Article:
Scharbach testified that since July 2017, when she assumed case management, Father's service agreements required that he attend drug treatment. She indicated that Father eventually attended Families in Recovery in August 2018, but was no longer participating at the time of trial. Families in Recovery offered meetings, groups, therapy, and church, but Father did not participate in several of these programs, though required by his service agreements.[7] Scharbach indicated that Father's continued methamphetamine use remained an obstacle to Father's reunification with the Children.

         Scharbach did not believe there were any services that she could provide the family that would enable the Children to reunify with Father within a reasonable, ascertainable period of time; that the Children's Division had been consistent in providing services that would have enabled reunification; and she did not believe Father had rectified the situation as to why the Children came into care-that being his drug use.

         The guardian ad litem testified that the Children's Division had "proven grounds to terminate the parental rights of [Father]." While there was evidence that both children had emotional ties to Father, that Father maintained regular visitation, and that Father made in-kind contributions, the amount of time the Children had been in care demonstrated that additional services would not result in reunification. He believed that while Father was interested in the Children, that commitment was secondary to his methamphetamine use. The continued chemical use by Father "lobbies in favor of granting the petition[, ]" and "the best-interest analysis favors that finding."

         On February 7, 2019, the trial court entered its "Findings of Fact, Conclusions of Law and Judgment" terminating the rights of Father to the Children. The trial court found, pursuant to section 211.447.5(2), that: (a) Father did not suffer from a mental condition; (b) Father did suffer from a chemical dependency in that he continuously tested positive for methamphetamine throughout the pendency of the case and failed to successfully complete drug treatment; (c) no evidence was presented of a severe or recurrent act of physical, emotional or sexual abuse toward the Children; and (d) Father repeatedly and continuously failed, although physically or financially able, to provide the Children with adequate food, clothing, shelter or education, or other care and control necessary for the Children's physical, mental or emotional health and development.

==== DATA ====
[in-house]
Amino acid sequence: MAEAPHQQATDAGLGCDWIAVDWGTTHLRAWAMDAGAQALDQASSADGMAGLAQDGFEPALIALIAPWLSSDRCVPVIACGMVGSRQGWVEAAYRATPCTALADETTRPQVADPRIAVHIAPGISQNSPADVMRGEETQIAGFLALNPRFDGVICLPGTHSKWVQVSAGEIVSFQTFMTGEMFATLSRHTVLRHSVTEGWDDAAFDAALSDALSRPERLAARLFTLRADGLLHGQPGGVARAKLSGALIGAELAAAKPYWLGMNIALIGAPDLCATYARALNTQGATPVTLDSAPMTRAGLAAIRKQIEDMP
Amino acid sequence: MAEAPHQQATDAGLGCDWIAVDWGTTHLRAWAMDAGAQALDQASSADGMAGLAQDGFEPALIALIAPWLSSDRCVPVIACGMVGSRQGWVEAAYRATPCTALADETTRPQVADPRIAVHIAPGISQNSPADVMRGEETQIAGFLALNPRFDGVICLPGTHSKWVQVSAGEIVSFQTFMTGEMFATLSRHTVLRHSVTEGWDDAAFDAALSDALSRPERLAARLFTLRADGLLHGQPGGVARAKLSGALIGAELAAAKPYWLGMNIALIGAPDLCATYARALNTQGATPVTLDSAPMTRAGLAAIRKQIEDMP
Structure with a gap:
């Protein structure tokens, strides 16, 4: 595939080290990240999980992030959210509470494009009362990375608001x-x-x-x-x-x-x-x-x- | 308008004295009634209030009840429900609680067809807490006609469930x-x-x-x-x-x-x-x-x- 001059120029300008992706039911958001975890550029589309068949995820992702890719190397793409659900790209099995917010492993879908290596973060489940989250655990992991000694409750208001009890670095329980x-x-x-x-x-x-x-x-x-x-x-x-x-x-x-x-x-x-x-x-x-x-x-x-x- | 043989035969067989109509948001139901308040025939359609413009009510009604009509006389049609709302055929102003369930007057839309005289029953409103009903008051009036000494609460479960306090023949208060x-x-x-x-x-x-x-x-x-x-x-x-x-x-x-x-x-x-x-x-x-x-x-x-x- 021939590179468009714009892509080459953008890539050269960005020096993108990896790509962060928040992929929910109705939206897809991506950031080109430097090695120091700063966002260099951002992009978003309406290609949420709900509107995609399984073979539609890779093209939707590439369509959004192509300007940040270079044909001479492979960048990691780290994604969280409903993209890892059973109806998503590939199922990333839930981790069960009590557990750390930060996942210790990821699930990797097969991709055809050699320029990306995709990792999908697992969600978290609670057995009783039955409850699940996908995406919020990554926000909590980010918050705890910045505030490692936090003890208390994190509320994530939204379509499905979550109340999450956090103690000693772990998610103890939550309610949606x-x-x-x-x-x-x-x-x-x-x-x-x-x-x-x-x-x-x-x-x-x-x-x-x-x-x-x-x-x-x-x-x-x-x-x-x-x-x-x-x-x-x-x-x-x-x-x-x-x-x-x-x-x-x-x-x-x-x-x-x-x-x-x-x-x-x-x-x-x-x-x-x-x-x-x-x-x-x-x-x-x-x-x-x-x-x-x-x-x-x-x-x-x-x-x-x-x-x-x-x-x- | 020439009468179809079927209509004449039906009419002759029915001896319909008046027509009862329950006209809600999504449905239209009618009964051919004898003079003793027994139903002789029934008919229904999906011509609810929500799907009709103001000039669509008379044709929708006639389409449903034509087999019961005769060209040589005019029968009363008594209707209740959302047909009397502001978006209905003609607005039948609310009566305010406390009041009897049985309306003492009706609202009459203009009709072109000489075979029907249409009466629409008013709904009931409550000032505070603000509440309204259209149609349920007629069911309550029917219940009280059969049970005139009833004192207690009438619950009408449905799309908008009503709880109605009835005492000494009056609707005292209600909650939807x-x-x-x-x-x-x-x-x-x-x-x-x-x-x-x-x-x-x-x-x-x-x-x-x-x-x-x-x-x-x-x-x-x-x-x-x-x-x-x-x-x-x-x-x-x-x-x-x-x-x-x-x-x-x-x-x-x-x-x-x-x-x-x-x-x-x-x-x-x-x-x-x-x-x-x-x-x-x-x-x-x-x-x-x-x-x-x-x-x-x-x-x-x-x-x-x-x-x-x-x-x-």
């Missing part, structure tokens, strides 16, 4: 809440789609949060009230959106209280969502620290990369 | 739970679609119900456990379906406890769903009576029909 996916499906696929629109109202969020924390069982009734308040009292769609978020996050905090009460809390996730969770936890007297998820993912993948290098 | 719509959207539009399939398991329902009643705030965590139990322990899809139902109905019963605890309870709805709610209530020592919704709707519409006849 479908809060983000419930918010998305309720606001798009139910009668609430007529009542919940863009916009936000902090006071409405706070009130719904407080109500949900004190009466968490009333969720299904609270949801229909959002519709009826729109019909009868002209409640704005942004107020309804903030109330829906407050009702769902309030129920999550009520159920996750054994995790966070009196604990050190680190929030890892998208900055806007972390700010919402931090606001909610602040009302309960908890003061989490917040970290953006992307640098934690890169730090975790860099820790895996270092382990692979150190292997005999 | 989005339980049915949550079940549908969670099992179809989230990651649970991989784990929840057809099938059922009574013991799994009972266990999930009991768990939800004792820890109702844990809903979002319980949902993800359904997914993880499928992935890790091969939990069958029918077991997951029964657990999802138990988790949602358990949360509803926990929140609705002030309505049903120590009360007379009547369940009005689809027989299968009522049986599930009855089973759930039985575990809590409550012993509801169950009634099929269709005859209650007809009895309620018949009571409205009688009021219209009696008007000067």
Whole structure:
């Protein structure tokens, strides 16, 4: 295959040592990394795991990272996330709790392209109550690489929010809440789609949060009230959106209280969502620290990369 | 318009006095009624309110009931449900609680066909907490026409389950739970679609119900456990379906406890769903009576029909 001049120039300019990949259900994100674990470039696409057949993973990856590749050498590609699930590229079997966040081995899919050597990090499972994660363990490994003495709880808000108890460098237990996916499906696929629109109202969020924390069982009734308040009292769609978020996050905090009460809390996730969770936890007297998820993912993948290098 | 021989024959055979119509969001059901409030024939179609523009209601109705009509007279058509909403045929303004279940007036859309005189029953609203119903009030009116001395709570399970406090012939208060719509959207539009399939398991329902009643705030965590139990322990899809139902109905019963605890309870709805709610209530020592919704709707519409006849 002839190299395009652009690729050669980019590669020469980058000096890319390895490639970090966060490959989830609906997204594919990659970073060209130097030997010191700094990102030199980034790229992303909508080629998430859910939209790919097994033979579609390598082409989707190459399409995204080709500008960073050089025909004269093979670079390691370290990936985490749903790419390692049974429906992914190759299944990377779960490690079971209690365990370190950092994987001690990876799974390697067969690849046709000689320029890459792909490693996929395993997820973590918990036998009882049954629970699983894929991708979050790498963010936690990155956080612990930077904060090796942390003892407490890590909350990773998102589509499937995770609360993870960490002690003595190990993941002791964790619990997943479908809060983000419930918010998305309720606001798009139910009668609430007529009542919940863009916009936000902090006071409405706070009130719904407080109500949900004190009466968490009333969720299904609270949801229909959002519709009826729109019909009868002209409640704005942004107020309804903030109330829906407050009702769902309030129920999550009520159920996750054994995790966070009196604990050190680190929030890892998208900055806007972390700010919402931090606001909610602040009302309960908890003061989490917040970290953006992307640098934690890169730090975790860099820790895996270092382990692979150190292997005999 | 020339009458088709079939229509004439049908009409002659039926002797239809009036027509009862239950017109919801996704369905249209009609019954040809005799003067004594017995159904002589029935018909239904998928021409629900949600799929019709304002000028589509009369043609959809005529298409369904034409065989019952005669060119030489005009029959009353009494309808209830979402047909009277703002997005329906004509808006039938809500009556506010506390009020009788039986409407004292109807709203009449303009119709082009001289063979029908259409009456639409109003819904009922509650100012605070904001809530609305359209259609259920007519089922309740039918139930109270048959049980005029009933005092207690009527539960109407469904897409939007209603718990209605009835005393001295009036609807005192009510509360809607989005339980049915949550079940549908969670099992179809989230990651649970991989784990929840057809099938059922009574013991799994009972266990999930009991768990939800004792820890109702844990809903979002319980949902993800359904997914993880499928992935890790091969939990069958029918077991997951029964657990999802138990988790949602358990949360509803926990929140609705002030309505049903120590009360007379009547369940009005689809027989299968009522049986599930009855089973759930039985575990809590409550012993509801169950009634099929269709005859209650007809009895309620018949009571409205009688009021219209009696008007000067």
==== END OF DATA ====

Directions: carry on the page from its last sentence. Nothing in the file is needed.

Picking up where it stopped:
The trial court found, pursuant to section 211.447.5(3), that the Children had been under the jurisdiction of the juvenile court for a period of one year; the conditions that led to the assumption of jurisdiction still persisted, or conditions of a potentially harmful nature continued to exist; there was little likelihood that those conditions would be remedied at an early date so that the Children could be returned to Father in the near future; and the continuation of the parent-child relationship greatly diminished the Children's prospects for early integration into a stable and permanent home. Additionally, the Court made specific findings pursuant to section 211.447.5(3):

a. Father refused to participate in substance abuse treatment and individual psychotherapy as recommended and agreed to in numerous Written Service Agreements.
b. Due to Father's lack of commitment and interest in the Children, the Children's Division had been unsuccessful in aiding Father on a continuing basis in adjusting his circumstances or conduct to provide a proper home for the Children.
c. No evidence was presented that Father suffered from a mental condition.
d. Father suffered from a chemical dependency which prevented him from consistently providing the necessary care custody and control of the Children and which could not be treated so as to enable him to consistently provide such care, custody and control. Evidence was presented that Father continuously tested positive for methamphetamine throughout the pendency of the case. Father failed to successfully complete drug treatment.

         The trial court also made the following findings, pursuant to section 211.447.7:

(1) The trial court found that while there were emotional ties that existed between Father and the Children, said ties were unhealthy and detrimental to the Children and that termination of Father's parental rights served the Children's needs for permanency after nearly three years in foster care.
(2) Father maintained regular visitation or contact with the Children, however, due to lingering concerns of substance abuse, his visitation never progressed beyond a supervised environment.
(3) Father had not provided for the cost of care and maintenance when financially able to do so, including the time the Children had been in the custody ...